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A female ballet dancer's costume consisting of a bodice and an attached skirt incorporating numerous layers of fabric, this being either short and stiff and projecting horizontally from the waist (the classical tutu) or long, soft, and bell-shaped (the romantic tutu).
- ‘Far more chaste and with far fewer surprises up its stiff - starched tutu is Moscow City Ballet's Swan Lake.’
- ‘The well-known company, which has given nearly 2000 performances in the UK, stuck to an atmospheric and traditional rendition of this Tchaikovsky classic, complete with swans in tutus and medieval style costumes.’
- ‘Their gaily colored flowers resembling miniature ballet dancers in multi-colored tutus will sway and nod winsomely toward you.’
- ‘I have a very blinkered view of dance, it just has to be ballet, and then it really must be tutus and tiaras.’
- ‘Besides, she says, not all of the students in the program can be - or want to be - ‘the ballerina in the pink tutu.’’
- ‘They don't wear tutus or pointe shoes and their hair isn't in buns.’
- ‘Every time you go into town, browse round the charity shops and pick up cheap hats, scarves, veils, tutus, jewelry, gloves and small size dresses or jackets.’
- ‘The viewer is introduced to the programme with Guillem playing with the camera in sharp black and white dressed in a black tutu and pointe shoes.’
- ‘The grand pas de deux was danced in white with red trim and while Kitri's costume was beautiful the stiff tutu lacked grace.’
- ‘I have some blackmail pictures of him running around my house in my ballet tutu from when he was seven.’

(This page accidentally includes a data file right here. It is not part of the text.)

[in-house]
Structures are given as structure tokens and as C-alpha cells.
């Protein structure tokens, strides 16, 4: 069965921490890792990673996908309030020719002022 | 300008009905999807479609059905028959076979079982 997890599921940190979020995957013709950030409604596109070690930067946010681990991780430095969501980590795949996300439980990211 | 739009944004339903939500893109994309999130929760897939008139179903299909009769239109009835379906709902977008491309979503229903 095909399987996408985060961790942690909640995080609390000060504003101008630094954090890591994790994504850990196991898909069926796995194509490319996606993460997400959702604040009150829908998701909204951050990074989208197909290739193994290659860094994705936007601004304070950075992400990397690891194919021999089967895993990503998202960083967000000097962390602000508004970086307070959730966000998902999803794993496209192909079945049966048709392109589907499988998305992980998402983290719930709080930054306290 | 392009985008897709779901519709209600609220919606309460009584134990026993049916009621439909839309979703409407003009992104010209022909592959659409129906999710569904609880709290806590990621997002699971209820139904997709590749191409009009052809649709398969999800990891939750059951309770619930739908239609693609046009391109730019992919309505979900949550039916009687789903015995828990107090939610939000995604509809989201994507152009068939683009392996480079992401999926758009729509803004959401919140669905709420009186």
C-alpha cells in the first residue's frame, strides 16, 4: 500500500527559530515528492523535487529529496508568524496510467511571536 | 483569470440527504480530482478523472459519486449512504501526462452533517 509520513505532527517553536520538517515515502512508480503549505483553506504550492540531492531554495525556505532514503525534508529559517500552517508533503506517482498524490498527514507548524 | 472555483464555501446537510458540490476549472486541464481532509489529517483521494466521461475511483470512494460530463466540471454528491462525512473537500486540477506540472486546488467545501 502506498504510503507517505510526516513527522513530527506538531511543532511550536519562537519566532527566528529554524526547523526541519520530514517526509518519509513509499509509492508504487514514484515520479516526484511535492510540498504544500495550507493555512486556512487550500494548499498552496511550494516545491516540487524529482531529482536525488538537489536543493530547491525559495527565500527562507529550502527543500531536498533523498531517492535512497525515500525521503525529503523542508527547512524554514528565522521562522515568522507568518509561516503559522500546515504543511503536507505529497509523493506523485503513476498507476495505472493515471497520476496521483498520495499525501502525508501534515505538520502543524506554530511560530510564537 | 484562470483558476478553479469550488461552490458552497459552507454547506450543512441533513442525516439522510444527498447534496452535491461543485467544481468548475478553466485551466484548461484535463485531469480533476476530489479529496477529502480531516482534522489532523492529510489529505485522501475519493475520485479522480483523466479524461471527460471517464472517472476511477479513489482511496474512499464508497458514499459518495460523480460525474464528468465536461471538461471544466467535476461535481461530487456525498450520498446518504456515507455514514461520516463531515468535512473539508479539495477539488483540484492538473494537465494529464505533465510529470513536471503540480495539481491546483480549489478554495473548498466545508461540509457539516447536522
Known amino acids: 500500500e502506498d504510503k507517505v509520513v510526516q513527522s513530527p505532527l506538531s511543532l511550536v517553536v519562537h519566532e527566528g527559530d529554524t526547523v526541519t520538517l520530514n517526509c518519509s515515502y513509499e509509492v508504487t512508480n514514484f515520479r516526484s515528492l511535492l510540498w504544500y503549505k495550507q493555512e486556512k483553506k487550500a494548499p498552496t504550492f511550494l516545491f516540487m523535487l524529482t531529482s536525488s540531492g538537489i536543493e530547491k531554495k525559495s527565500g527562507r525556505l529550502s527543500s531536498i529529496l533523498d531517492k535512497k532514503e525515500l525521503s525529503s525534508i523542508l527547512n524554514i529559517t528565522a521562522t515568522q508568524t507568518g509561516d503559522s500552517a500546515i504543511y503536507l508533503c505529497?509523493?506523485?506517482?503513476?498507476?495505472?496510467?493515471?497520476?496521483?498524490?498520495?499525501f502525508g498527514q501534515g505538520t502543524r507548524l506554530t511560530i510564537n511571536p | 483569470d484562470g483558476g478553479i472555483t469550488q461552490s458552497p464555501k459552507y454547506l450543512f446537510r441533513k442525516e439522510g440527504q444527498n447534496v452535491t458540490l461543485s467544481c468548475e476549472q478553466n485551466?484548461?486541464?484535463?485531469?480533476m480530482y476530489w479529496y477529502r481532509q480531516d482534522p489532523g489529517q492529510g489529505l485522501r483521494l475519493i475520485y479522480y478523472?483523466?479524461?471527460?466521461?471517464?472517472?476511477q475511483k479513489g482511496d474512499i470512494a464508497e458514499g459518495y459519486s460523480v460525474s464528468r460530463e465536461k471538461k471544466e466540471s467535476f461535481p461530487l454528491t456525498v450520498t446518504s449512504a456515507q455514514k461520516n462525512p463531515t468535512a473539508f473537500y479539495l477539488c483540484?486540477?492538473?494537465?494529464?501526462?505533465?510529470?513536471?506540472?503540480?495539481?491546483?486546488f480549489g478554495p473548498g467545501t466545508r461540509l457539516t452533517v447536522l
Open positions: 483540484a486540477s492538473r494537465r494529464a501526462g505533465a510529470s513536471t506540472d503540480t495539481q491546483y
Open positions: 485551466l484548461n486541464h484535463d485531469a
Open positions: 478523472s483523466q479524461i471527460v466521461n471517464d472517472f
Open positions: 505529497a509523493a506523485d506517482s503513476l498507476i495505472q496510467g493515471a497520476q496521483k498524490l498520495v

- ‘Any opportunity to perform in something other than a tutu and pointe shoes is always fun.’
- ‘All the other little girls were in their ballet tutus as Tinkerbell or Sleeping Beauty and I went in a brown paper rubbish bag.’
- ‘It was beautiful - it had a short, puffy skirt that reminded me of a ballet tutu, with rhinestones decorating it, and a sleek and sexy shirt that hugged my boyish curves, and made me think that I looked beautiful.’
- ‘By the end of that century, the ballerina's long tutu and the premier danseur's tights, trunks and maillot became de rigueur and virtually standardized.’
- ‘The only other distraught note was the occasional wrinkling seen in the tutu skirts.’
- ‘They played with my old Barbie doll dressed in a tutu and another ballerina doll.’
- ‘Actually on that Thursday morning, approximately half of the tutus did arrive - bodices without any decoration, made for one dancer - and skirts for another.’
- ‘One would have also wished for live music in Oakland's only tutu ballet of the season, Balanchine's Pas de Trois (staged by Marina Eglevsky).’
- ‘I want a pink tutu and ballet shoes to match Barbie.’
- ‘Colorful tutus and long-sleeved metallic leotards accentuated the angular movement.’
Early 20th century: from French, child's alteration of cucu, informal diminutive of cul ‘buttocks’.
A New Zealand shrub which bears poisonous purplish-black berries.
- ‘I have seen as many as half a dozen kakapos shaken off one tutu bush this way.’
Mid 19th century: from Maori.
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